Lyman County, South Dakota Genealogy
Updated Friday, March 05, 2010
From Joe Martin U.S.S. New York Nov. 21, 1918
Well, Mother, I wrote to you but a few days ago, but will write tonight as I understand that the censorship regulations are at an end.
In my letter of the 19th I mentioned that something vital was to happen on the 20th, but instead, it came to pass today. We got underway this morning at three oíclock and met the German High Sea Fleet at 9:20 at a pre-arranged place on the North Sea. It was a tense few hours, for only to well do we know what a treacherous, pledge-breaking beast the Hun is. So you can bet we were prepared. Men were in the turrets, magazines and handling rooms. They saw we had the drop on them so their great fleet went down in defeat without a drop of blood shed.
The Grand Fleet made two long lanes about ten feet apart. The British on the port, a British squadron and our own to the starboard and the French in the rear. Thus we escorted them into the Firth of Fourth. They are now lying just outside the inside line of nets, cut off from the open sea by the batteries on shore and part of the British fleet at the mouth of the river.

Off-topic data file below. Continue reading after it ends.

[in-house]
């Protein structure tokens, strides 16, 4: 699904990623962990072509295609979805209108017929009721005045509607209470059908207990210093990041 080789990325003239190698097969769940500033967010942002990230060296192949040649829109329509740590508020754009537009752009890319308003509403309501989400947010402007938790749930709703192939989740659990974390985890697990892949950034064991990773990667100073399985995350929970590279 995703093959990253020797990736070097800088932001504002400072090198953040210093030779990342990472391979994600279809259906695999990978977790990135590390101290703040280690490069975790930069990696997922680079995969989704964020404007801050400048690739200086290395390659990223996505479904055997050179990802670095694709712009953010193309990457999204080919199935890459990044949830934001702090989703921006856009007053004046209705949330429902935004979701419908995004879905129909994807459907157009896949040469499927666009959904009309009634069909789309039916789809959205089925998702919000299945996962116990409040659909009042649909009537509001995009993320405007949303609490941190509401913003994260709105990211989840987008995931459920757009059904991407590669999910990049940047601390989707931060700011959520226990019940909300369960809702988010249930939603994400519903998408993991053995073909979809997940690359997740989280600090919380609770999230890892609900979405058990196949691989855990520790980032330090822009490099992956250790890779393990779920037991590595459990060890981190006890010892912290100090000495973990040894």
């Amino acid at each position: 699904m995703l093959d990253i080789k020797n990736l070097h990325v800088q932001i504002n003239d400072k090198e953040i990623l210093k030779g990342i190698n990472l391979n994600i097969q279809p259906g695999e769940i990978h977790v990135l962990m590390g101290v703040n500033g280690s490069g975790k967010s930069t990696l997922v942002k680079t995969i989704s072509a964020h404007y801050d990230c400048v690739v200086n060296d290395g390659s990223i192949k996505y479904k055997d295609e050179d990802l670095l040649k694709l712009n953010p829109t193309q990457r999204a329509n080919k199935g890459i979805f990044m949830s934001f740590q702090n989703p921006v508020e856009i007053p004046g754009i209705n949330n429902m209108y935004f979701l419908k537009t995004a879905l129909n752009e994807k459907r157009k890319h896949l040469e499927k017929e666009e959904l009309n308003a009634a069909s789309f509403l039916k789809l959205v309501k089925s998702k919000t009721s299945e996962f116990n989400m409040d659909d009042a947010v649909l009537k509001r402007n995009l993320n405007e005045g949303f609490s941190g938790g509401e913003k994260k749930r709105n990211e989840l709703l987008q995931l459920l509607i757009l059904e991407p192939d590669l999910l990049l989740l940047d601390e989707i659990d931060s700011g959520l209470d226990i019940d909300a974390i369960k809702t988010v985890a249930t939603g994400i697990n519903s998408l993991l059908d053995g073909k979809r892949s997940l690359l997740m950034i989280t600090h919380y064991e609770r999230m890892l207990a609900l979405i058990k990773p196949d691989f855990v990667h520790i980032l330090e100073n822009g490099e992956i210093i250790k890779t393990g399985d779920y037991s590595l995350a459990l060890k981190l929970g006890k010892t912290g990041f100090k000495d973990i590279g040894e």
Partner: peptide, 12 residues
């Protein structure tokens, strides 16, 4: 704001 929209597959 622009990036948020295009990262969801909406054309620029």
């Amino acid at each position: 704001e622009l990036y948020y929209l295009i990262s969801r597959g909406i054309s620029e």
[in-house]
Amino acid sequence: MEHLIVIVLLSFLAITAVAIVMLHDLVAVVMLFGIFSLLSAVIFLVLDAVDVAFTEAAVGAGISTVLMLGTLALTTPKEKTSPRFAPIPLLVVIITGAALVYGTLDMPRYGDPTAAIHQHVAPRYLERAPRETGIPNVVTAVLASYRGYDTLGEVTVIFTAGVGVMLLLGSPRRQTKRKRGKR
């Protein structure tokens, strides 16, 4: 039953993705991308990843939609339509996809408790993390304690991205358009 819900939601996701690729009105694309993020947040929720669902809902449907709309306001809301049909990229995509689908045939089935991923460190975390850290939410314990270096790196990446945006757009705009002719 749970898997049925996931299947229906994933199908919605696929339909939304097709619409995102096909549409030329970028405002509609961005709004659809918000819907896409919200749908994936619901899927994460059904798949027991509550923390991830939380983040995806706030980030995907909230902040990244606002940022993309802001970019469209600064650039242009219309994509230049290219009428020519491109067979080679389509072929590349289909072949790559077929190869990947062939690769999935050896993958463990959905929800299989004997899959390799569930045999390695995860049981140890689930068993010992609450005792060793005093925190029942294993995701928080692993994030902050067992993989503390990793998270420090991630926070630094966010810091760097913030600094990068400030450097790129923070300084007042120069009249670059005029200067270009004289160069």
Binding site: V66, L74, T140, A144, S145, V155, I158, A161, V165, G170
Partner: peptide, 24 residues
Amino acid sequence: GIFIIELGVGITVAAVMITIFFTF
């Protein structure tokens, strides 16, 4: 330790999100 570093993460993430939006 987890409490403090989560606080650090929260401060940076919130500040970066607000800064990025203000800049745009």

So now we can heave a sigh of relief for our long hard trips are at an end. We have done convoy duty around the Skagerrak, laid mines under the Germanís nose in the sub and mine infested sea around Heligoland, and had narrow escapes from torpedoes.
I donít think we will be back to the states
before early spring as there is a lot of monkeying around to do yet. Well, must
eat supper so will bring this to a close.
P.S. Nov. 21, 8:30 P.M.
There, the men will be taken off and sent to Germany. It was mutiny in the German fleet that caused them to surrender. They were ordered to come out and fight us the 28th of October, but refused. Their ships are certainly fine ones and would have put up a terrible fight.
Well, will say goodnight as the lights are going out.
This website Copyright © 1996-2010 by barbara